Now, we have all the streams from the conference available as Ogg Theora/Video streams, we can also publish them in HTML5 video elements. Check out this Web page which has all the video streams together on a single page. Note that the connections may be a bit dodgy and some drop-outs may occur.

Further, let me recommend the Multimedia Miniconf at linux.conf.au, which will take place tomorrow, Tuesday 19th January. The Miniconf has decided to add a talk about “How to stream you conference with open codecs” to help educate any potential future conference organisers and point out the software that helps solve these issues.

UPDATE: I should have stated that I didn’t actually do any of the technical work: it was all done by Ralph Giles, Jan Gerber, and Jan Schmidt.

Video as an enabler for broadband applications

Last week, I gave a brief statement on the importance of video as an enabler for broadband applications at the Public Sphere event of Senator Kate Lundy.

I found it really difficult to summarize all the things that I find important about video technology in a modern distributed online world in a 10 min speech. Therefore, I’d like to extend on some of the key points that I was trying to make in this blog post.

Video provides presence

One of the biggest problems we have with the online world is that it mostly still evolves around text. To exchange information with others, to publish, to chat (email, irc or twitter) or do our work, we mostly still rely on the written word as a communication means. However, we all know how restrictive this is – everyone who has ever seen a flame war develop on a mailing list, a friendship break over a badly formulated email, a host of negative comments posted on a mis-formulated blog post, or a twitter storm explode over a misunderstanding knows that text is very hard to get right. Lacking any sort of personal expression supporting the expressed words (other than the occasional emoticon), sentences can be read or interpreted in the wrong way.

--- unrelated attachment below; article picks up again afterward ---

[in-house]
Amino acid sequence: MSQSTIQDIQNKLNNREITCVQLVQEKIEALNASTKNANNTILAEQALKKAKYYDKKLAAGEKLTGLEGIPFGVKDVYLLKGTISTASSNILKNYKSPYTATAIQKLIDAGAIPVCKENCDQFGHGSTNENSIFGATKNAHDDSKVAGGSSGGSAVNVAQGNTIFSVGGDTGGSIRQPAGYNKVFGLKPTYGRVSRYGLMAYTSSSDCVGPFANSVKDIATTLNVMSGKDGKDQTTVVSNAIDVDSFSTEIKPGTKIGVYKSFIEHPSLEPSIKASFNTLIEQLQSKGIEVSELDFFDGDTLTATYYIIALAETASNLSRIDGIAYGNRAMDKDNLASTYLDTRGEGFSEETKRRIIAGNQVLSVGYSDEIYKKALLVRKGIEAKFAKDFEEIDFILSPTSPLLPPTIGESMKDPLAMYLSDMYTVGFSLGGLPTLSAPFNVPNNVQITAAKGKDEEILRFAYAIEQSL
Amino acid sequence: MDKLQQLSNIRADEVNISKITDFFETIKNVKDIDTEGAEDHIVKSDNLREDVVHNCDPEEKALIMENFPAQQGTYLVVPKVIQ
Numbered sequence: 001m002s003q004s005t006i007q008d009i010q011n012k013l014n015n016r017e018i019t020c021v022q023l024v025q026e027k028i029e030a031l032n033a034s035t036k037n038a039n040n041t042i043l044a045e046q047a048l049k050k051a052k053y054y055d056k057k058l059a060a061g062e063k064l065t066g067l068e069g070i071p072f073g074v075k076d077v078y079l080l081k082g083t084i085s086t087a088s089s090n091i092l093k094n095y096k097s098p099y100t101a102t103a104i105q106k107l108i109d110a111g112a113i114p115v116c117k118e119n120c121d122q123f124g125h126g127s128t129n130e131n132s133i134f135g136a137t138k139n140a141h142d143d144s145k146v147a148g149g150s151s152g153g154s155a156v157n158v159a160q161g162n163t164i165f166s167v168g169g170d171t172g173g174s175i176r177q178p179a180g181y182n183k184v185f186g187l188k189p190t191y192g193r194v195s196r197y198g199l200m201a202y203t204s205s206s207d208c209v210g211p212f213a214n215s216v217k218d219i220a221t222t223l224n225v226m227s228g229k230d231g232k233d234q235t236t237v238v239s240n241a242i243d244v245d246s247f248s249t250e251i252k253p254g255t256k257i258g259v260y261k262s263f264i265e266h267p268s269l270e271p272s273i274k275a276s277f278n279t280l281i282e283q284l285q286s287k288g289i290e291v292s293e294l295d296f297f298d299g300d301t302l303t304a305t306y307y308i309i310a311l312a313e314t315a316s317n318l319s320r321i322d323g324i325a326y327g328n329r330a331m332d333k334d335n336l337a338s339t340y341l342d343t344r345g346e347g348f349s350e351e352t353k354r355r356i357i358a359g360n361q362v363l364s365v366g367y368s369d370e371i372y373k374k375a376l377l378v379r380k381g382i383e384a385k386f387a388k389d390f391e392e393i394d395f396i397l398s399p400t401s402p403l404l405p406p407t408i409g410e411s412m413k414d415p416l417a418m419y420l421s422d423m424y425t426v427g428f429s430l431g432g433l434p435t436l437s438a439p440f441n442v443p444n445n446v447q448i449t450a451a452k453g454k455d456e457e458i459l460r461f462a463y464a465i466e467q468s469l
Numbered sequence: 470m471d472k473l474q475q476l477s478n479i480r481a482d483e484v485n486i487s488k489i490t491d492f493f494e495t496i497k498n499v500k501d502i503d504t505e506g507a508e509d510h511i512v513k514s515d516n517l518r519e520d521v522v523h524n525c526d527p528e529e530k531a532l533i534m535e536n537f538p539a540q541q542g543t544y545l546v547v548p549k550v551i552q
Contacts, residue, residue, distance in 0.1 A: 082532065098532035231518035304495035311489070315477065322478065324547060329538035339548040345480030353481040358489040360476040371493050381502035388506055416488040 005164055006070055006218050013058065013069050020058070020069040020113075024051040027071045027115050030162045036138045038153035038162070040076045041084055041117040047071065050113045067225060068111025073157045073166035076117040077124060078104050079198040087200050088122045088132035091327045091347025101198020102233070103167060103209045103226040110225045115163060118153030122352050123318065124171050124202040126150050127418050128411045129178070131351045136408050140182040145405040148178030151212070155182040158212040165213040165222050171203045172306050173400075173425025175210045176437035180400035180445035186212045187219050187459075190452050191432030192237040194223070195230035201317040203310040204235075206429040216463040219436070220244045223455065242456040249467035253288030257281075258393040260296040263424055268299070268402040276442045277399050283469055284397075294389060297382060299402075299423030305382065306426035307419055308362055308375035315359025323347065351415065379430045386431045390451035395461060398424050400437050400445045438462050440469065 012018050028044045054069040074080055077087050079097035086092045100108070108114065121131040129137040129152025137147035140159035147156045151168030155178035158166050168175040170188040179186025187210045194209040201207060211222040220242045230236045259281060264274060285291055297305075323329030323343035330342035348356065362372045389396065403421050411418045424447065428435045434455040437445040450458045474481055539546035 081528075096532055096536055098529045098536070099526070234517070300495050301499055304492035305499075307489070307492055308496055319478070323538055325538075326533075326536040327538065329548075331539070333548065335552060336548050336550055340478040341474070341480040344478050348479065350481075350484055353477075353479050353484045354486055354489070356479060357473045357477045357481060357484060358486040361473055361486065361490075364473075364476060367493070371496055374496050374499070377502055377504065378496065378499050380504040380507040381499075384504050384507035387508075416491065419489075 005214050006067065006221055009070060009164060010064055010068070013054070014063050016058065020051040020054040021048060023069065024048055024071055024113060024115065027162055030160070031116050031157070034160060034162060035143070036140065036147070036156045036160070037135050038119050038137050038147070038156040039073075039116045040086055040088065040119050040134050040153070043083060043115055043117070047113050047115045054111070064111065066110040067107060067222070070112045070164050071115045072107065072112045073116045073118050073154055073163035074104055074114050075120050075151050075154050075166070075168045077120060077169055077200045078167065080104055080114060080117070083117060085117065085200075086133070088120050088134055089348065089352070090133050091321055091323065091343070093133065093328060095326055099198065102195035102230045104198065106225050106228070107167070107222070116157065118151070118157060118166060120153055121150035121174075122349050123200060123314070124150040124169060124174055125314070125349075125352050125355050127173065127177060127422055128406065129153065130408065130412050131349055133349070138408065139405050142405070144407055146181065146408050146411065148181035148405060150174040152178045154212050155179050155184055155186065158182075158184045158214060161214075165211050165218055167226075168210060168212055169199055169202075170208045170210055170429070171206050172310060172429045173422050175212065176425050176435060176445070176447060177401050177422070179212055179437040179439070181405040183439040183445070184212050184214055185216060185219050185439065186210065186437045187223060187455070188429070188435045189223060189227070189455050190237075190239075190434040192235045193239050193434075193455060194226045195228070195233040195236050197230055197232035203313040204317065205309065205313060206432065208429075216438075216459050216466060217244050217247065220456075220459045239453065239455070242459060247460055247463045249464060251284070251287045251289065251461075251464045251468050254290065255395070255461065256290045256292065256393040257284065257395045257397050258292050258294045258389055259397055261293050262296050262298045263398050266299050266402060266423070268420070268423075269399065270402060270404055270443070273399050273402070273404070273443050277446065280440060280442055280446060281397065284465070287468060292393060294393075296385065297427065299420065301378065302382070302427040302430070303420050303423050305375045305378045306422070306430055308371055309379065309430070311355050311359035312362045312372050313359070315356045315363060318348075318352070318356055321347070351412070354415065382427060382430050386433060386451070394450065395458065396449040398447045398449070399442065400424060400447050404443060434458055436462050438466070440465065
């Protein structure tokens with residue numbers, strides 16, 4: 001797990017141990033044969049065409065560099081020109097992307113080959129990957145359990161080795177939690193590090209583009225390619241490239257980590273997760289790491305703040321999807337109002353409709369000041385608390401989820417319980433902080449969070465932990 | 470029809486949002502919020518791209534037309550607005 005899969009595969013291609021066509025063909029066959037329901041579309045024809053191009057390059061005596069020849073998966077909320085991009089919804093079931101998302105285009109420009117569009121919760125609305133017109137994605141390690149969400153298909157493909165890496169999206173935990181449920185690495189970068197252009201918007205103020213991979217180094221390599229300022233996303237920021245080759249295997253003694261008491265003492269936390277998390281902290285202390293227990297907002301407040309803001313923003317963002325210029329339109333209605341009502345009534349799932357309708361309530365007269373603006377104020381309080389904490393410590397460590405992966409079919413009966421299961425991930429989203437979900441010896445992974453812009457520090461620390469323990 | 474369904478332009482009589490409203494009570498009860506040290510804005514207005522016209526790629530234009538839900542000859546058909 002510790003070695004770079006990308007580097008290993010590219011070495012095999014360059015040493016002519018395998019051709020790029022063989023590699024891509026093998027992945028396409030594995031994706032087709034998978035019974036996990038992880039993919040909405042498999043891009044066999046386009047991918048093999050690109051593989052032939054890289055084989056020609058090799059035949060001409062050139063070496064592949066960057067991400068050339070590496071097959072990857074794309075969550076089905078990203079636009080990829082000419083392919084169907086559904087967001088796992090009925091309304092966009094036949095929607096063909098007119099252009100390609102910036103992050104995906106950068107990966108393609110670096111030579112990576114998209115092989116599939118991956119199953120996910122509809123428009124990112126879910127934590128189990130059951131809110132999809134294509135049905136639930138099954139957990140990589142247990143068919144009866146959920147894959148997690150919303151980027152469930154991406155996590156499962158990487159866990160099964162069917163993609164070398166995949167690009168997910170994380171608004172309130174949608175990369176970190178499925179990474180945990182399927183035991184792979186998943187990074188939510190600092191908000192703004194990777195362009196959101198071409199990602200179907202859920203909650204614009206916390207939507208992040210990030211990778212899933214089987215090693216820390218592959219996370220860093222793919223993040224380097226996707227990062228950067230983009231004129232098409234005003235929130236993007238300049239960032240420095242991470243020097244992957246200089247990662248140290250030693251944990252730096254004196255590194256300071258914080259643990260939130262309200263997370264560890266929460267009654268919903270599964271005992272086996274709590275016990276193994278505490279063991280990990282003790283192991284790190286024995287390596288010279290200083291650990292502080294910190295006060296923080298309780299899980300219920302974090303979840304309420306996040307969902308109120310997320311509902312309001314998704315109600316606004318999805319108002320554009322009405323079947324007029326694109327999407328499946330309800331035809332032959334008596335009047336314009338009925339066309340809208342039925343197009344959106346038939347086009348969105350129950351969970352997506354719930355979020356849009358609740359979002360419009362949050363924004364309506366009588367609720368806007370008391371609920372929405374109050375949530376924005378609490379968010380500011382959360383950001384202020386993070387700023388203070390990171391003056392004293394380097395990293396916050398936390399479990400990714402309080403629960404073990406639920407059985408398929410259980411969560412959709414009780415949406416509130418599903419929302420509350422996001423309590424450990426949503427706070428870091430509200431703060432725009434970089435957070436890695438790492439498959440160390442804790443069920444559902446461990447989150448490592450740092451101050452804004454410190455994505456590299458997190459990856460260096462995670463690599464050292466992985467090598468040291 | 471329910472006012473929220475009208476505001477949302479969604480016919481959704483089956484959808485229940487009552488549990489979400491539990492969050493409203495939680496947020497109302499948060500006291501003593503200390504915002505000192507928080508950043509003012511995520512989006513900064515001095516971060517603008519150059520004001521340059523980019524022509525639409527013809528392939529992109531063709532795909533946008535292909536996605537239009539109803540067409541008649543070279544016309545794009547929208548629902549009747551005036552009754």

A phone call (or skype call) is better than text: how often have you exchanged 10 or even 20 emails with a friend to e.g. arrange to meet for a beer, when a simple phone call would have solved it within seconds. But even a phone call provides a reduced set of communication channels in comparison to a personal meeting: gesture, posture, mime and motion are there to enrich communication channels and help us understand the other better. Just think about the cognitive challenges in a phone conference in comparison to the ease of speaking to people when you see them.

With communication that uses video, we have a much higher communication “bandwidth” between people, i.e. a lot less has to be actually said in words so we can understand each other, because gesture, posture, mime and motion speak for us, too. While we cannot touch each other in a video communication, e.g. for shaking hands or kissing cheeks, video provides for all these other channels of communication providing a much higher perceived feeling of “presence” to the remote person or people. When my son speaks over skype with my family in Germany, and we cannot turn on the web cam because the bandwidth and latency are too poor, he loses interest very quickly in speaking to these “soul-less” voices.

The availability of bandwidth will make it possible for humans to communicate with each other at a more natural level, feeling more engaged and involved. This has implications not just on immediate communications, such as person-to-person calls or video conferences, but on any application that requires the interaction of people.